Tyson told me that he thinks “most of the guys could be good allies because physically, most of them are built bigger than me. I’m pretty scrawny, so between me and them, they would seem like the bigger threat in the end.” And he’s going to let them take the lead. “I’m going to try to be as helpful as I can without being the alpha male,” Tyson said. “I don’t want to be the top dog.” Still, he expects to be one of the stronger physical players (“I swam at BYU on scholarship, so I’m sure I’m a better swimmer” and “my endurance is higher than most, if not everybody’s here”).
When I asked how others might perceive him, Tyson said, “They might think I’m gay just because of the way I dress, or I’m too pretty to be straight. That’s not true; I’m straight.” Still, he may pretend otherwise. “I’ll see how it plays out; it doesn’t bother me. If I can see it working to my advantage. … If the entire cast is gay, it would probably help to act gay, too,” he laughed.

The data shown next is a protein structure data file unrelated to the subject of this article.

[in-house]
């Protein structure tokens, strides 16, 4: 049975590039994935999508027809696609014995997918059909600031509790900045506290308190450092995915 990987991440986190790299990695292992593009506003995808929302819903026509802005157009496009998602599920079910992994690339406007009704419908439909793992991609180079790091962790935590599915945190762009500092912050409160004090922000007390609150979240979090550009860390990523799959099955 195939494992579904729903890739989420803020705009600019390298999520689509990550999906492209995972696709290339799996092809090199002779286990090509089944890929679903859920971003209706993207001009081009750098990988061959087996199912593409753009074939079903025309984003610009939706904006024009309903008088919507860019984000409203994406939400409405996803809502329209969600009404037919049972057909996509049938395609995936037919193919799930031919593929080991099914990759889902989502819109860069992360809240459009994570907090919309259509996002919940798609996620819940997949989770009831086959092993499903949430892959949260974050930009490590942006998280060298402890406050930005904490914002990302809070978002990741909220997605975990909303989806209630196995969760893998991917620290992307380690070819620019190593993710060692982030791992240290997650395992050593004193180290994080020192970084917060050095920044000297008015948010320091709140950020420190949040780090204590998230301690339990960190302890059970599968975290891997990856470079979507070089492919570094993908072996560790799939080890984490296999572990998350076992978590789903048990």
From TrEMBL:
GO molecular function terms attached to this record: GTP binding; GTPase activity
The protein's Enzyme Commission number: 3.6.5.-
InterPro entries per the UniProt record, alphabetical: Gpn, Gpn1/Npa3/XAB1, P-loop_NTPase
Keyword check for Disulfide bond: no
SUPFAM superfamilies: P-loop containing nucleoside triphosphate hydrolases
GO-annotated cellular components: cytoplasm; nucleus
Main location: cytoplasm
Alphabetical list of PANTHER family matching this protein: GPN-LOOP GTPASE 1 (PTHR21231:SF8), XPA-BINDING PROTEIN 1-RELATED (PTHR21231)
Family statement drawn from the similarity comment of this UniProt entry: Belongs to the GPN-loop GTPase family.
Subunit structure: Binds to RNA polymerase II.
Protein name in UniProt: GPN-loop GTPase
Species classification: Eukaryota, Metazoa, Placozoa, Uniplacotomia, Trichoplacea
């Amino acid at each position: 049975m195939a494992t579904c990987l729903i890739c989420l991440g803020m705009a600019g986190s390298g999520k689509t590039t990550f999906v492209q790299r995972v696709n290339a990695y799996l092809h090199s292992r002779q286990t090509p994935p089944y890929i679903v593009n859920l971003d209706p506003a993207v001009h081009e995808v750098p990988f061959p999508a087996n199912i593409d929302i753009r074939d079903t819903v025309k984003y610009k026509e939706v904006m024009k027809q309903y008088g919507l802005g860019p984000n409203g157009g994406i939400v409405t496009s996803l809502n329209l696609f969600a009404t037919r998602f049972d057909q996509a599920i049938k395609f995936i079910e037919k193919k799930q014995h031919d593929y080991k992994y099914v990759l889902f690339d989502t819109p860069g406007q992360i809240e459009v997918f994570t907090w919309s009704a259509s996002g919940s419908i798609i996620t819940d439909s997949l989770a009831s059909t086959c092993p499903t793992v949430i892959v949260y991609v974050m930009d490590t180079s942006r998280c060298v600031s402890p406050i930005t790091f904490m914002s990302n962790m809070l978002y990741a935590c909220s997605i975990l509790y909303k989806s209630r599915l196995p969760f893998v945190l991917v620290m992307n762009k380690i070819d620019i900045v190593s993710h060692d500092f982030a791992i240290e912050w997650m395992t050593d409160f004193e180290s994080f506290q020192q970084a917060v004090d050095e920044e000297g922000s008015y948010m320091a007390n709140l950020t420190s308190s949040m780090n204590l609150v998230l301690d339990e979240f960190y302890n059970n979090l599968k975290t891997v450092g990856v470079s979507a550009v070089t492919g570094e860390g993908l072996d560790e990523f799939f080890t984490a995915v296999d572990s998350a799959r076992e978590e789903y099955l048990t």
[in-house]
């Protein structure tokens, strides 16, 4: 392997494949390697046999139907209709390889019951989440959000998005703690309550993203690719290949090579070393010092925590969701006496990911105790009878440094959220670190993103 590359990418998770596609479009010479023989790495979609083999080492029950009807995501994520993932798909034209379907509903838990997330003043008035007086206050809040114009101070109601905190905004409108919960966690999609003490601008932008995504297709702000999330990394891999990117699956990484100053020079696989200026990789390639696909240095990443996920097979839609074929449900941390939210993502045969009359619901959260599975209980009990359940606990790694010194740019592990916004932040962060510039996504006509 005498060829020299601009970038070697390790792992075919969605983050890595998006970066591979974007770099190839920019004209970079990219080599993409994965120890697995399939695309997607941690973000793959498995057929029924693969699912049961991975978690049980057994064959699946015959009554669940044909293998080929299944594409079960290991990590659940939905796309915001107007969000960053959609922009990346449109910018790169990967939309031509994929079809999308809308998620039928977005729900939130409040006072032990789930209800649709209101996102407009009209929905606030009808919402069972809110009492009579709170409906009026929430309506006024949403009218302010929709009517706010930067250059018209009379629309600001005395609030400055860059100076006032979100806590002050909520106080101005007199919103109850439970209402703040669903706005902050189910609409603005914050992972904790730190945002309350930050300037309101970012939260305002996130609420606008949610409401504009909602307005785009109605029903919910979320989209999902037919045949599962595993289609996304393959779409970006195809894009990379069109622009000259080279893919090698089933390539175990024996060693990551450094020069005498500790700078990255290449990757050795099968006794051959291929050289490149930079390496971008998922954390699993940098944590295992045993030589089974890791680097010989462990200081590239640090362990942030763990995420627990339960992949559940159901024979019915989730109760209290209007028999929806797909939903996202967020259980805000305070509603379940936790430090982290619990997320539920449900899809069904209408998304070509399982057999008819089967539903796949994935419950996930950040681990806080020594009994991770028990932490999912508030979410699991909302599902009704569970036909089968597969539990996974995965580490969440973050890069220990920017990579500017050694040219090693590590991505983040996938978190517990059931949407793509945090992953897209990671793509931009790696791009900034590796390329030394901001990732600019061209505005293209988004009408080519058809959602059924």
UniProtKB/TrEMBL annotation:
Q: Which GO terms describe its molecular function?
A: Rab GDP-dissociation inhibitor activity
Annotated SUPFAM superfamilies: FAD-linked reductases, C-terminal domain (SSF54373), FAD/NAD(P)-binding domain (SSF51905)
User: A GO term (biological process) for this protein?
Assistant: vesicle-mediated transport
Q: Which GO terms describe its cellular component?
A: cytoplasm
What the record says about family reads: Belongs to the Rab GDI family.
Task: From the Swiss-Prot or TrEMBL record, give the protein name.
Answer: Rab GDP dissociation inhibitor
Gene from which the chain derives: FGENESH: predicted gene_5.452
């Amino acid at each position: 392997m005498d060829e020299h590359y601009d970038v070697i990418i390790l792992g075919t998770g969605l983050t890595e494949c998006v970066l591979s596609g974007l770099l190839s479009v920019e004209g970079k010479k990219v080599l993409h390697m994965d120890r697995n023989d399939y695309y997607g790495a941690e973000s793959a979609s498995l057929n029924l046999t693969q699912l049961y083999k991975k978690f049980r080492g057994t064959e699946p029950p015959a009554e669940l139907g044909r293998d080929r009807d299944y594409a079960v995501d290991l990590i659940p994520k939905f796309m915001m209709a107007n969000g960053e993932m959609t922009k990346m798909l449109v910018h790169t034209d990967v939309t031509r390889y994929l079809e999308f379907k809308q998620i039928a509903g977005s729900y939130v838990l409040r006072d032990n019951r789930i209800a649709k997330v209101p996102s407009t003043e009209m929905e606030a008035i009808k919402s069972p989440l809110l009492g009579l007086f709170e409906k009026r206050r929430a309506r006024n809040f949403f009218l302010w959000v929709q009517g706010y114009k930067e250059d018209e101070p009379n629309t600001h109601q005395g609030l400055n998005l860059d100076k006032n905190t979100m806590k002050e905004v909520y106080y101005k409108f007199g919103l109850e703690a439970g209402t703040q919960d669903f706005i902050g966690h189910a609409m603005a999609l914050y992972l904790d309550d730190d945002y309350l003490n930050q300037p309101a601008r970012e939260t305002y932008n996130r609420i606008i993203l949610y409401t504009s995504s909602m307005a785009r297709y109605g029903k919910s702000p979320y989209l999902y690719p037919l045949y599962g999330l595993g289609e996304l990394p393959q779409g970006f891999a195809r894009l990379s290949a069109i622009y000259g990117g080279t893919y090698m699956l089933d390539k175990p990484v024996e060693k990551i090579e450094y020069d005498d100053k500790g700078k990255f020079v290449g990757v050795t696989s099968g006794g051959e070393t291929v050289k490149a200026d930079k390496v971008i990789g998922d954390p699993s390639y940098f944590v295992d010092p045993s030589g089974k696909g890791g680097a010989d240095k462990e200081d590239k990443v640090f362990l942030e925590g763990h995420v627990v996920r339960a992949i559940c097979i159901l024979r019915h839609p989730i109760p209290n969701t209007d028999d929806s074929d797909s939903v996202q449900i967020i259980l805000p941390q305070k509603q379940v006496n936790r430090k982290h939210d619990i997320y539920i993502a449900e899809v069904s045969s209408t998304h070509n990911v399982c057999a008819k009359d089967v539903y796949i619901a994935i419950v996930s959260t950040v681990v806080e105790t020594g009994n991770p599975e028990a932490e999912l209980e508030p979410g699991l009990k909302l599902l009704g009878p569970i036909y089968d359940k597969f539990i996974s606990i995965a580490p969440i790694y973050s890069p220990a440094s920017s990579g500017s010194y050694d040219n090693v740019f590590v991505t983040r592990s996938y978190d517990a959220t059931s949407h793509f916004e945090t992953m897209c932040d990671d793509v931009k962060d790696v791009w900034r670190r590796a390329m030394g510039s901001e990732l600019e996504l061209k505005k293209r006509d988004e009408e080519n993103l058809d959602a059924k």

As to his perception of other players, he said the old lady (Sandy) is “like a five-year-old” and “her mannerisms bother me, she’s fidgety.” He also talked about the “little blonde girl with the semi-smashed face” (Sierra, I assume) who is a “stereotypical blonde” and “seems pretty stupid.” After describing her appearance, Tyson said, “I don’t know if you should put that; that may hurt her feelings,” but then admitted he didn’t really care about that. (Listen to an extended version of our exchange about both Sandy and Sierra below.) Tyson said that Benjamin/Coach, the “long-haired dude,” “seems like he’s pretty strong and could be a good guy to work with.”